Long Lost

Long Lost_LindaCastillo_18401059



Kate Burkholder and John Tomasetti are taking a weekend off from their various policing duties, intending to spend the two days together at an old country inn several hours from Painters Mill. They have spent nights together as lovers and they have spent days together as co-investigators on multiple high-profile murder cases. However, this is the first time they have tried to spend both nights and days together strictly as lovers. This is a big move for each of their scarred souls and for their relationship.

When John checks them in to the old Victorian-style B&B, he happens to mention their resident ghost he had read about on a travel website. And then he wishes he had kept his mouth shut.

It seems that the ghost is not a centuries-old Victorian specter. She is a young girl who disappeared from the inn only 22 years prior, leaving nothing behind but a stack of bloody clothes on the riverbank by the inn.

So much for an idyllic, romantic getaway. Justice, no statute of limitations on murder, memorial gravestones on the riverbank – such things just can’t be ignored, it seems. Besides, the weather has turned cold and rainy and who wants to hike the river trails in those conditions anyway!

The story is short, about 75% of the Kindle file downloaded, and concise. Through finely developed observational skills as well as an incident of happenstance (as opposed to coincidence), Kate and John solve the mystery within a day. And in the end, it is not that Kate and John are better than the detectives who investigated so long ago. Neither incompetence nor shoddy work ethics were the cause of the police department’s failure at that time or since. They were simply barking up the wrong branch of the right tree.

 Even though Linda Castillo achieved a nearly perfect blend of mystery and romance with a believable conclusion to both in such a short story, I still feel the need to drop the rating on the entry. And that choice has everything to do with backstory and editing.

Castillo only puts out a novel in this series once a year. The four entries prior to this short story have been well-executed in terms of story arc and consistent from novel to novel with respect to backstory and passage of time. They are clearly professionally edited with respect to consistency and continuity and with respect to typesetting and formatting.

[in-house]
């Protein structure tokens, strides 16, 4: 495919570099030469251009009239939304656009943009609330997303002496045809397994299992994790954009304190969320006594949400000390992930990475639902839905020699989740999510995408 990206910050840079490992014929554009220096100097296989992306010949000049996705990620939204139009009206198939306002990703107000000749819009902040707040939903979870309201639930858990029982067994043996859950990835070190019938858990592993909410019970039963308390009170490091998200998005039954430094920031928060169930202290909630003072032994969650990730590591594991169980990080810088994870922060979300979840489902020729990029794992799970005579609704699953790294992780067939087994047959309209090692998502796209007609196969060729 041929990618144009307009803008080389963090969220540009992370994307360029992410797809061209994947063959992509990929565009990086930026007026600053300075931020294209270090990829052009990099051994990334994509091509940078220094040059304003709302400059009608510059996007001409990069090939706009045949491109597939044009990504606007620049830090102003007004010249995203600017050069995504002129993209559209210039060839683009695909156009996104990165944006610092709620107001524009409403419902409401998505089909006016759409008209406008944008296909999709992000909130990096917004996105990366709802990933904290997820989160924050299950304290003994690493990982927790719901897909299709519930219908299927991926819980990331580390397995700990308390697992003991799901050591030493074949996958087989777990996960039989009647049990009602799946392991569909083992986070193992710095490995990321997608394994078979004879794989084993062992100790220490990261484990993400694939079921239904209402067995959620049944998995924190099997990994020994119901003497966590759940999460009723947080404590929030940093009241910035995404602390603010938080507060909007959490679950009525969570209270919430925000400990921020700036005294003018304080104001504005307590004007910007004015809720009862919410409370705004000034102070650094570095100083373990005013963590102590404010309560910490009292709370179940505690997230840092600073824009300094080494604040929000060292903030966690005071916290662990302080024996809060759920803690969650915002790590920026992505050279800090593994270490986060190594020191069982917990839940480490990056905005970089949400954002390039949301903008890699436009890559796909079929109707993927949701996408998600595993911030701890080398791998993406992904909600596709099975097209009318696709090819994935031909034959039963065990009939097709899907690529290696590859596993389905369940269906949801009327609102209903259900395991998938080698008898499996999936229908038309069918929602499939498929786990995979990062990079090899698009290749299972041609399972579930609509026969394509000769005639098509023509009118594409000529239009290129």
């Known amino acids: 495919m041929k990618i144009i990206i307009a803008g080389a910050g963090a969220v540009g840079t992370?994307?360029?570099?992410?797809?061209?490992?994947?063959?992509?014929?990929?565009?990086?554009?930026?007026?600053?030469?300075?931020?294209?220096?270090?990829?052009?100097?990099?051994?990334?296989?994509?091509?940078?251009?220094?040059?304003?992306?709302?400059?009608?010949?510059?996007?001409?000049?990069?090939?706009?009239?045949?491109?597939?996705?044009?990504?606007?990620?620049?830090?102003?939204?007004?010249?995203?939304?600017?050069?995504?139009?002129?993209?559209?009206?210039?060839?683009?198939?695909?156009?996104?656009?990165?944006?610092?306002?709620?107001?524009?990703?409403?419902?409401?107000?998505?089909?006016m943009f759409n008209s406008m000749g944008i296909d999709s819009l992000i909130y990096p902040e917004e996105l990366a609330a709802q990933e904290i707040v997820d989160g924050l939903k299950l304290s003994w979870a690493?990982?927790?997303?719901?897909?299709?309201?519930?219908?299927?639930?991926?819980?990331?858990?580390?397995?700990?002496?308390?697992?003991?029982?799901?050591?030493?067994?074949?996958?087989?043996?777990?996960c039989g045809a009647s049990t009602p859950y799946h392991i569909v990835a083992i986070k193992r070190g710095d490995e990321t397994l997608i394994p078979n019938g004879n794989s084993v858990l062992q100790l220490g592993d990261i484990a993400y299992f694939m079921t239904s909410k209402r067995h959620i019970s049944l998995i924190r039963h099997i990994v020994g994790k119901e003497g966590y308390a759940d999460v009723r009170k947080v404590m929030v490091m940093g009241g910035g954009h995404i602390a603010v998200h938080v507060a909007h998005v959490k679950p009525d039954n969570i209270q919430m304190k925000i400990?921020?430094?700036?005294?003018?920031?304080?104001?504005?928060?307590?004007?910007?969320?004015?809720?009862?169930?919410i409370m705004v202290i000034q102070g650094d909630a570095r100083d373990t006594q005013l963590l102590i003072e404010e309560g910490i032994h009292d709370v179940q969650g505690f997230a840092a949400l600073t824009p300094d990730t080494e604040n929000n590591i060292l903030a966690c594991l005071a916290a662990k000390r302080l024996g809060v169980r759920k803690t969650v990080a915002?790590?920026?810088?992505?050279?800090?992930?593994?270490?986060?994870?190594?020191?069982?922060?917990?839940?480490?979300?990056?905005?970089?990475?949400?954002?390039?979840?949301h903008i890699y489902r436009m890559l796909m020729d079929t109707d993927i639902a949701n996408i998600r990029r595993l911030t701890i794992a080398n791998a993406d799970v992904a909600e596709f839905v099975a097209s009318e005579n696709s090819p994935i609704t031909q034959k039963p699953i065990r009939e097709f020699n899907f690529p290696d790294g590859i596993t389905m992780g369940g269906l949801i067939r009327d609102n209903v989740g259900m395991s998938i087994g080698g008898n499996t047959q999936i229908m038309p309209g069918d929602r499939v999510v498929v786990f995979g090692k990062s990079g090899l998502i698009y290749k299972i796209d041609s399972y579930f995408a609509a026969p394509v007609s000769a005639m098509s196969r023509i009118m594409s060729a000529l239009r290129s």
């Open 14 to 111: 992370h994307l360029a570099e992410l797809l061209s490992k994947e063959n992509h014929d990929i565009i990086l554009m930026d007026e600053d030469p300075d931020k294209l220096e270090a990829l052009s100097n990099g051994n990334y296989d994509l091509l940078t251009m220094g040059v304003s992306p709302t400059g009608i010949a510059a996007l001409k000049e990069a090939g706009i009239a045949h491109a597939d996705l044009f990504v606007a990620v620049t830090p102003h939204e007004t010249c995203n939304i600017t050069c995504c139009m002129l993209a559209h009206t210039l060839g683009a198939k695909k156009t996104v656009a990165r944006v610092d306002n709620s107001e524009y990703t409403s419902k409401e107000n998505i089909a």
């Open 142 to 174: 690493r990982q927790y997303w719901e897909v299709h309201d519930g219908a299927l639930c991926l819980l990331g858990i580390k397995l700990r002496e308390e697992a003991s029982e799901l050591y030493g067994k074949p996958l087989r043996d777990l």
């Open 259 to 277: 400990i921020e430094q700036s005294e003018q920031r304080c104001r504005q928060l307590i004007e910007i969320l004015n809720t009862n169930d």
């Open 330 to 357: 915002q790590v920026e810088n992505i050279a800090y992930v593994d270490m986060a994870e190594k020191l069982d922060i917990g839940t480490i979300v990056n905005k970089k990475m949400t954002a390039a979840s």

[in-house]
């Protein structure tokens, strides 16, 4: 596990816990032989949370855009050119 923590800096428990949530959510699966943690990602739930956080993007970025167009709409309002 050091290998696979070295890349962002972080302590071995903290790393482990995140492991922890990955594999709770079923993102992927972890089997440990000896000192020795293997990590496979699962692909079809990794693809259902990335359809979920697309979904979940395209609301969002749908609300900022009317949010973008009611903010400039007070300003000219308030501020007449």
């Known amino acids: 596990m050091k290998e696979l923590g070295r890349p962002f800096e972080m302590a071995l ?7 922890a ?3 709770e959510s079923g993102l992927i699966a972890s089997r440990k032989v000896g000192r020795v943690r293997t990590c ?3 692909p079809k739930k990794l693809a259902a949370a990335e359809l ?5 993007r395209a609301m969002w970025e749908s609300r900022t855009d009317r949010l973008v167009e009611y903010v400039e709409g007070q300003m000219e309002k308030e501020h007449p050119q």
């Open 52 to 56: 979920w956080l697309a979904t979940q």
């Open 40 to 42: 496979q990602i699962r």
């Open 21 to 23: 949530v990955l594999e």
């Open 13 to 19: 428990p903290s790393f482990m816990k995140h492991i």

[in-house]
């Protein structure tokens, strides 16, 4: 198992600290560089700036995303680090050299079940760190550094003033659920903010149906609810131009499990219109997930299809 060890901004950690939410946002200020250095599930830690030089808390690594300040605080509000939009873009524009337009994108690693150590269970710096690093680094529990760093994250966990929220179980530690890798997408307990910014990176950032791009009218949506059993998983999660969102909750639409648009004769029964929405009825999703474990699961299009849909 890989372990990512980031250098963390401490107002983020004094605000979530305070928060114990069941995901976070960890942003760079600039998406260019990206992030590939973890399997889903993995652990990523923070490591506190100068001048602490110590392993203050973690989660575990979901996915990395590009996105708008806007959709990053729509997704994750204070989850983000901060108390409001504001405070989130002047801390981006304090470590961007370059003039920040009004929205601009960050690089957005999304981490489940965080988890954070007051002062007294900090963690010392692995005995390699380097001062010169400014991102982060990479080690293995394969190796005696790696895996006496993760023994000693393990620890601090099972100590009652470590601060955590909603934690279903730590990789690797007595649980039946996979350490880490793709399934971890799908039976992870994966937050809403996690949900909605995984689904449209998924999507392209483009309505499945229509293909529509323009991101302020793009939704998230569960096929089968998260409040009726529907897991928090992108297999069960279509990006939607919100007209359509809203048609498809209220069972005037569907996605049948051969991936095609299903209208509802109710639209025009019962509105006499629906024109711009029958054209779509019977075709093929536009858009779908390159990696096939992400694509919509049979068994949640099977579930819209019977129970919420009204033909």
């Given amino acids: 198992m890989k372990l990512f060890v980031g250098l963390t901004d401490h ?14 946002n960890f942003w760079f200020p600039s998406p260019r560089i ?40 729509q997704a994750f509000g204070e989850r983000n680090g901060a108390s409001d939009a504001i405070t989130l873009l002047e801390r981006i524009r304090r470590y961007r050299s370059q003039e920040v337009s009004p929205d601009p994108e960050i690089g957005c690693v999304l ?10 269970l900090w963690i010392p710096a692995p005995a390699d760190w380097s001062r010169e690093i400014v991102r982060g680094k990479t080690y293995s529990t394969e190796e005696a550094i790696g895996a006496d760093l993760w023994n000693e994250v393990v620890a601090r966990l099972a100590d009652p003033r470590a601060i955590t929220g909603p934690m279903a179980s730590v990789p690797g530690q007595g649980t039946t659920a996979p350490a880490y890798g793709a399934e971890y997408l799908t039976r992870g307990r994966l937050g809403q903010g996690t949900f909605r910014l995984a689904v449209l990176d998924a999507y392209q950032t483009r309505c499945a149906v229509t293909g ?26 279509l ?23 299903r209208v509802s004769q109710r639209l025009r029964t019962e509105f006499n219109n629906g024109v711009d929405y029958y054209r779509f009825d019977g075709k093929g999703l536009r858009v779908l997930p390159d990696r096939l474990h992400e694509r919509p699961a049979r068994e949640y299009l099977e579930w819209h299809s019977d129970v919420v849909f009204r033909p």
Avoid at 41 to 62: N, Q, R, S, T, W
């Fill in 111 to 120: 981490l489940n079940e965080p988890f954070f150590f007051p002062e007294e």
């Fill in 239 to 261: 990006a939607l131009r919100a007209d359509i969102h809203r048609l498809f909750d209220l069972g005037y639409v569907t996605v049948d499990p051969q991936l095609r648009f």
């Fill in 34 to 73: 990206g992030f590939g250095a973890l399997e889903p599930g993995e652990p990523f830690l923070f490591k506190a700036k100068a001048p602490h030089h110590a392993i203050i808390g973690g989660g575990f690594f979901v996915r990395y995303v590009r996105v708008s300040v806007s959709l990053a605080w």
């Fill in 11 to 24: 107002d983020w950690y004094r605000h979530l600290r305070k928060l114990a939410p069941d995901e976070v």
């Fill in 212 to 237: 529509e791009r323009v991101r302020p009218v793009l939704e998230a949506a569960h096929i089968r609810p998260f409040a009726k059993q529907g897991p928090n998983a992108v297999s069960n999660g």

Not so with this short story. All these aspects – execution of story arc, backstory, and formatting – come up short.

First, there are multiple formatting errors. Most of these consist of missing words, repeated words and spaces deleted between successive words. And these increase in frequency as the story nears completion.

Secondly, the backstory has a glaring inconsistency. Early in the entry, Kate states that she and John have known each other for 3 years. But she also states that it has been only 3 years since John’s family was murdered. However, if the last four books are to be believed, she has only known John for about 2 years at this point and she didn’t meet him until more than a year had passed since his family’s deaths. And there are multiple references to the Mast case, the subject of the previous book, in this short. Since Kate had only know John for a year and a half at that point and only a few months have passed since the case’s conclusion, all those “3’s” look like mistakes that weren’t caught, just like the formatting errors.


However, the real issue that affected my rating was the manner in which Castillo handled a portion of the romantic subplot. As part of that scenario, John talks to Kate about the possibility of them living together. The way Castillo phrases Kate’s response seems to indicate that this is new to Kate and the first time that the idea has been broached. NOT SO! The question of them living together came up in the previous novel and it was a big, big factor in that entry. So big, in fact, that it was almost a deal-breaker in their relationship. Thus, to treat it as if it were a new situation in this short story is a slap in the reader’s face.

The bottom line here is that a short story teaser put out only six weeks prior to a major release should be as professionally sound as the author’s full-length publications. Castillo’s works are expensive, both in printed and electronic formats. Thus, if a reader believes that the author’s quality has slipped, that reader may not purchase the next book, opting for their local library instead, if at all.

Cover Art From Goodreads


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